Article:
EL PASO, Texas (WSVN) — The father of a teen who was killed during the massacre at Marjory Stoneman High School weighed in on the mass shooting at a shopping center in El Paso, Texas, which unfolded while he was visiting that city.Manuel and Patricia Oliver are in El Paso this weekend to celebrate what would have been their son Joaquin’s 19th birthday on Sunday.Manuel, an artist, is working on a mural in El Paso that is set to be unveiled.In a Skype interview with 7News on Saturday, the painter expressed his support for another city now in mourning due to gun violence.“Sadly but true, um, it happened again, and we’ve been talking about this for a while, and I don’t get why they don’t get it,” he said.Seventeen students and staff were killed in the Stoneman Douglas shooting on Feb. 14, 2018.Copyright 2019 Sunbeam Television Corp. All rights reserved. This material may not be published, broadcast, rewritten or redistributed.
“[It’s] the brand coming to life in a fashion realm,” says Susan Schulz, Cosmo’s editorial brand director. “The process has been very smooth. Everybody, I think, in the beginning was a little nervous. I don’t know that it’s ever really been done before that a magazine would have this much input.”Cosmo will play a role in marketing and promotion of the line through traditional ad placements, as well as content integration.A slideshow featured on the Cosmopolitan.com front page Thursday allows readers to link to a story about the product launch and includes an option to purchase the clothing from jcp.com.“One of my main jobs as we move forward is finding ways to integrate the product,” Schulz says. “How to promote the product in an organic way that makes sense for our reader. We know she doesn’t want to be clobbered with it, she doesn’t want to be getting a message about the Cosmo Collection every five seconds.”“But where it does make sense to her, we want to be able to tell her, ‘Look at these new shoes. They’re in store now. We think you’re going to love them.’ “The product launch is the first of its kind for Cosmopolitan, which attracts more than 18 million print readers and 8.5 unique monthly visitors. The company has participated in collaborative media projects with Sterling Books and YouTube, however.jcpenney also signed a licensing deal with Martha Stewart Living Omnimedia [MSLO] in December of 2011. That agreement calls for a line of MSLO products to be sold online and in retail outlets that will be constructed within most jcpenney stores by February 2013. jcpenney also invested $38.5 million in MSLO in the deal. You can now get your Cosmo at jcpenney—not the magazine though, the clothing line.The Cosmopolitan Collection, a new brand of lingerie, sleepwear and accessories inspired by the world’s top-selling women’s magazine, went on sale this weekend at jcpenney’s 600-plus retailers across the country and on jcp.com.The launch culminates a two-year collaborative process between the companies that began with discussions between recently-departed Cosmopolitan editor-in-chief Kate White and former jcpenney CEO Mike Ullman in November of 2010.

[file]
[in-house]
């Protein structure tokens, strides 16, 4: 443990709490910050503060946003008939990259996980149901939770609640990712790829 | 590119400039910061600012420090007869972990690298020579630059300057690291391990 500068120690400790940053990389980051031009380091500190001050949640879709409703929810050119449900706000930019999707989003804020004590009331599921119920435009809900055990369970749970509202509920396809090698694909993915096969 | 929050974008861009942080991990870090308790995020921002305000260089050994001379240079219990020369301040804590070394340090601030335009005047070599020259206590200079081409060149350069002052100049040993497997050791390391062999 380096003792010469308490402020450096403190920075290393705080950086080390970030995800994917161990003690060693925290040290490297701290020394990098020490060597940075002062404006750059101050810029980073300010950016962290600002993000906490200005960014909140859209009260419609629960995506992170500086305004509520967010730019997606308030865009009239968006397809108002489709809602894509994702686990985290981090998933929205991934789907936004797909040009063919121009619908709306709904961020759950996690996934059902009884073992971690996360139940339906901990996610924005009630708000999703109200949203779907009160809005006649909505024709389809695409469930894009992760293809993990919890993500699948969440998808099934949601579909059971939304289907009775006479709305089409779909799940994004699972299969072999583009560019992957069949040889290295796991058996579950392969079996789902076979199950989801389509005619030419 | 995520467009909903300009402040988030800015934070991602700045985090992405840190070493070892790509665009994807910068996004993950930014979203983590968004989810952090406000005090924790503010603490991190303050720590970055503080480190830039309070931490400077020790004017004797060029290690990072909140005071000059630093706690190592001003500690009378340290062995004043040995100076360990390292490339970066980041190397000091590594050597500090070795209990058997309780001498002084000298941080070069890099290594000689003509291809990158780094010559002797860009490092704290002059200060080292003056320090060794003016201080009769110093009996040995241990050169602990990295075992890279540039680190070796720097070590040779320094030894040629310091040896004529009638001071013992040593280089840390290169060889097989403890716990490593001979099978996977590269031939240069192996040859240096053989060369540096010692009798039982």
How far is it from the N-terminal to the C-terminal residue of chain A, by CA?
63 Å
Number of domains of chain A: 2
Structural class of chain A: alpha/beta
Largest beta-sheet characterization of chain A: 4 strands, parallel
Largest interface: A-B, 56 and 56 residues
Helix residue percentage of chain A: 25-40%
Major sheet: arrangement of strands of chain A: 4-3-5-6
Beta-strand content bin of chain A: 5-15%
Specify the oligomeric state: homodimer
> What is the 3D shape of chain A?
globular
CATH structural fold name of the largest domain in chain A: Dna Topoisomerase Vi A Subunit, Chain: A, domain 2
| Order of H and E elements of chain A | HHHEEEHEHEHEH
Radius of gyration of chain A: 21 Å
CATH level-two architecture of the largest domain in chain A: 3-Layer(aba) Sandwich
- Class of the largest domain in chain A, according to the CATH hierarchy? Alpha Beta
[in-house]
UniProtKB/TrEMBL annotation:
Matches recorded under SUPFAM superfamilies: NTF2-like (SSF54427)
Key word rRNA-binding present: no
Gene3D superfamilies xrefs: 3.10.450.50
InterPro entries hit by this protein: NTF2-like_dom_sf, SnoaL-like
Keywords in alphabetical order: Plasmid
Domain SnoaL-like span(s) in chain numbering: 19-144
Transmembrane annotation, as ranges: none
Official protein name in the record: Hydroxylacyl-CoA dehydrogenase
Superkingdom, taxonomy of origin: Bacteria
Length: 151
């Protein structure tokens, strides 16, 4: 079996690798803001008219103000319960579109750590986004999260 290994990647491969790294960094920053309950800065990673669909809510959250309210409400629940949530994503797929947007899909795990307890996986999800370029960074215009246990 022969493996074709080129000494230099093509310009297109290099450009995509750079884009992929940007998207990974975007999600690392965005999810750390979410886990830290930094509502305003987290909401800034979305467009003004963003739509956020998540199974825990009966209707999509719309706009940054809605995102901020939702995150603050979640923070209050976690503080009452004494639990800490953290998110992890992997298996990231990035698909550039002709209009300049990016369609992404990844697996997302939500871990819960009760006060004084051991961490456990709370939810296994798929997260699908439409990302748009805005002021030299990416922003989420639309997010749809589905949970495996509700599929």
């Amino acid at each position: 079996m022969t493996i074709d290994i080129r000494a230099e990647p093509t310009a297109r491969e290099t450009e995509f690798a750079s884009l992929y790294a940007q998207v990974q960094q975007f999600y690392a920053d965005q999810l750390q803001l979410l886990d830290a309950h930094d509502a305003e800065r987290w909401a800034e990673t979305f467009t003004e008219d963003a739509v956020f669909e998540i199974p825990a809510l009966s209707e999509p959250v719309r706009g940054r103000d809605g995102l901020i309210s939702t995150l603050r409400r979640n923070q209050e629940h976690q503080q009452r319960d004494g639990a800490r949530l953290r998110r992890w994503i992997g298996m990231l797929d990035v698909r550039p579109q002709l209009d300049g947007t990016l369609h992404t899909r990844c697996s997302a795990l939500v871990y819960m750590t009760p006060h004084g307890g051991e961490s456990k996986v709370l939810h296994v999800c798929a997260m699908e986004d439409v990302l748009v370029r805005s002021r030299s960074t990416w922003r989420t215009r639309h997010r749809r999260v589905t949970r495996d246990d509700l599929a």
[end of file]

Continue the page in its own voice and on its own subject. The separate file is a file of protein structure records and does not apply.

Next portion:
Aurangabad, Gaya and Navada are the worst-hit districts.TwitterThe Gaya District magistrate has issued an order under section 144 (prohibiting unlawful assembly) banning all governmental or non-governmental construction work between 11 am and 4 pm in view of the heat wave related deaths in the state.The heat wave has killed over 70 people in the state, as of Monday, with Aurangabad, Gaya and Navada being the worst-hit districts. At least 30 deaths were reported from Aurangabad, while 35 people died in Gaya and 11 in Navada.The recent order by the DM restricts all MGNREGA labour work and any cultural programme or gathering in open spaces, between 11 am to 4 pm.All government and government-aided schools in the state will also remain closed till June 22 in view of the scorching heat wave conditions.Bihar Chief Minister Nitish Kumar called for an internal meeting on Monday. Senior officials from the Health Department will be present at the meeting.Bihar Health Minister Mangal Pandey also visited the patients undergoing treatment in Aurangabad on Monday. Black flags were shown to him by Hindustani Awam Morcha & Jan Adhikar Party Loktantrik supporters. #WATCH Bihar: Hindustani Awam Morcha & Jan Adhikar Party Loktantrik supporters show black flags to Bihar Health Minister, Mangal Pandey’s convoy in Aurangabad. #Encephalitis pic.twitter.com/su5U1ZQ6ui— ANI (@ANI) June 17, 2019The state is also grappling with Acute Encephalitis Syndrome (AES) outbreak that has killed around 100 children in two hospitals in Muzaffarpur, as of Monday. Deaths due to AES are being caused because of excessive heat and humidity, according to the doctors.Union Health Minister Harsh Vardhan visited the state capital on Sunday to review public health measures for containment and management of the AES. He was met with protests from families of patients.